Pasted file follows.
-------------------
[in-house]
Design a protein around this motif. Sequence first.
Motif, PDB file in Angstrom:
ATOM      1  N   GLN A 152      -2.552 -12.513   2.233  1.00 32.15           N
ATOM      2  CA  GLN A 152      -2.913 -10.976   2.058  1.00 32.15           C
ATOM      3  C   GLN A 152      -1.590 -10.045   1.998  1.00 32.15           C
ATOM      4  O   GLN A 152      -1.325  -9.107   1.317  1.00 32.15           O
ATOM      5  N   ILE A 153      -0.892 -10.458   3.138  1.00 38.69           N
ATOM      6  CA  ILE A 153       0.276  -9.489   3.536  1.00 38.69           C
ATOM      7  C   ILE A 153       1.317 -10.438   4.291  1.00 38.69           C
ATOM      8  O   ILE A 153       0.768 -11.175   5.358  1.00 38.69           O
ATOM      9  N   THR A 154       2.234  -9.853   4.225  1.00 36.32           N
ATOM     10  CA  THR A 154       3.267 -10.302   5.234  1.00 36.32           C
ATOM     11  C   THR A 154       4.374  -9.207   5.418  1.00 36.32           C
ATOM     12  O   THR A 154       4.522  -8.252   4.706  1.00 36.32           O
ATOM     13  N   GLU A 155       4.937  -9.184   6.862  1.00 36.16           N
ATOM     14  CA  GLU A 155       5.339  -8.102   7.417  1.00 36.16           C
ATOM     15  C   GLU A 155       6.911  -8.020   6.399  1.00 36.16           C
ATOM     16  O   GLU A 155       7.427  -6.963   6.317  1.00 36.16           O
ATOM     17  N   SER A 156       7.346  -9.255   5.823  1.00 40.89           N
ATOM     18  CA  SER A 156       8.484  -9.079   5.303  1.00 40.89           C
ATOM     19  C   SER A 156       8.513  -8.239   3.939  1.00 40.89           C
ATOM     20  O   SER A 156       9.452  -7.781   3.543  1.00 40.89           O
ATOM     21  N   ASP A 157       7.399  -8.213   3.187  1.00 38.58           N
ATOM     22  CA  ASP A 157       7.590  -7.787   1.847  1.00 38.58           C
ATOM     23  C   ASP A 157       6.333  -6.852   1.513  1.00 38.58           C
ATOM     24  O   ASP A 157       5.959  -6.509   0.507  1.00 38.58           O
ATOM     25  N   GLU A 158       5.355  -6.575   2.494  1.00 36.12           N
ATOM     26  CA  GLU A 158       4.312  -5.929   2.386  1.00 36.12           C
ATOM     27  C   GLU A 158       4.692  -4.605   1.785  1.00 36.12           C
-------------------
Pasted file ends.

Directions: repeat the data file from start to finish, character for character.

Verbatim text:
[in-house]
Design a protein around this motif. Sequence first.
Motif, PDB file in Angstrom:
ATOM      1  N   GLN A 152      -2.552 -12.513   2.233  1.00 32.15           N
ATOM      2  CA  GLN A 152      -2.913 -10.976   2.058  1.00 32.15           C
ATOM      3  C   GLN A 152      -1.590 -10.045   1.998  1.00 32.15           C
ATOM      4  O   GLN A 152      -1.325  -9.107   1.317  1.00 32.15           O
ATOM      5  N   ILE A 153      -0.892 -10.458   3.138  1.00 38.69           N
ATOM      6  CA  ILE A 153       0.276  -9.489   3.536  1.00 38.69           C
ATOM      7  C   ILE A 153       1.317 -10.438   4.291  1.00 38.69           C
ATOM      8  O   ILE A 153       0.768 -11.175   5.358  1.00 38.69           O
ATOM      9  N   THR A 154       2.234  -9.853   4.225  1.00 36.32           N
ATOM     10  CA  THR A 154       3.267 -10.302   5.234  1.00 36.32           C
ATOM     11  C   THR A 154       4.374  -9.207   5.418  1.00 36.32           C
ATOM     12  O   THR A 154       4.522  -8.252   4.706  1.00 36.32           O
ATOM     13  N   GLU A 155       4.937  -9.184   6.862  1.00 36.16           N
ATOM     14  CA  GLU A 155       5.339  -8.102   7.417  1.00 36.16           C
ATOM     15  C   GLU A 155       6.911  -8.020   6.399  1.00 36.16           C
ATOM     16  O   GLU A 155       7.427  -6.963   6.317  1.00 36.16           O
ATOM     17  N   SER A 156       7.346  -9.255   5.823  1.00 40.89           N
ATOM     18  CA  SER A 156       8.484  -9.079   5.303  1.00 40.89           C
ATOM     19  C   SER A 156       8.513  -8.239   3.939  1.00 40.89           C
ATOM     20  O   SER A 156       9.452  -7.781   3.543  1.00 40.89           O
ATOM     21  N   ASP A 157       7.399  -8.213   3.187  1.00 38.58           N
ATOM     22  CA  ASP A 157       7.590  -7.787   1.847  1.00 38.58           C
ATOM     23  C   ASP A 157       6.333  -6.852   1.513  1.00 38.58           C
ATOM     24  O   ASP A 157       5.959  -6.509   0.507  1.00 38.58           O
ATOM     25  N   GLU A 158       5.355  -6.575   2.494  1.00 36.12           N
ATOM     26  CA  GLU A 158       4.312  -5.929   2.386  1.00 36.12           C
ATOM     27  C   GLU A 158       4.692  -4.605   1.785  1.00 36.12           C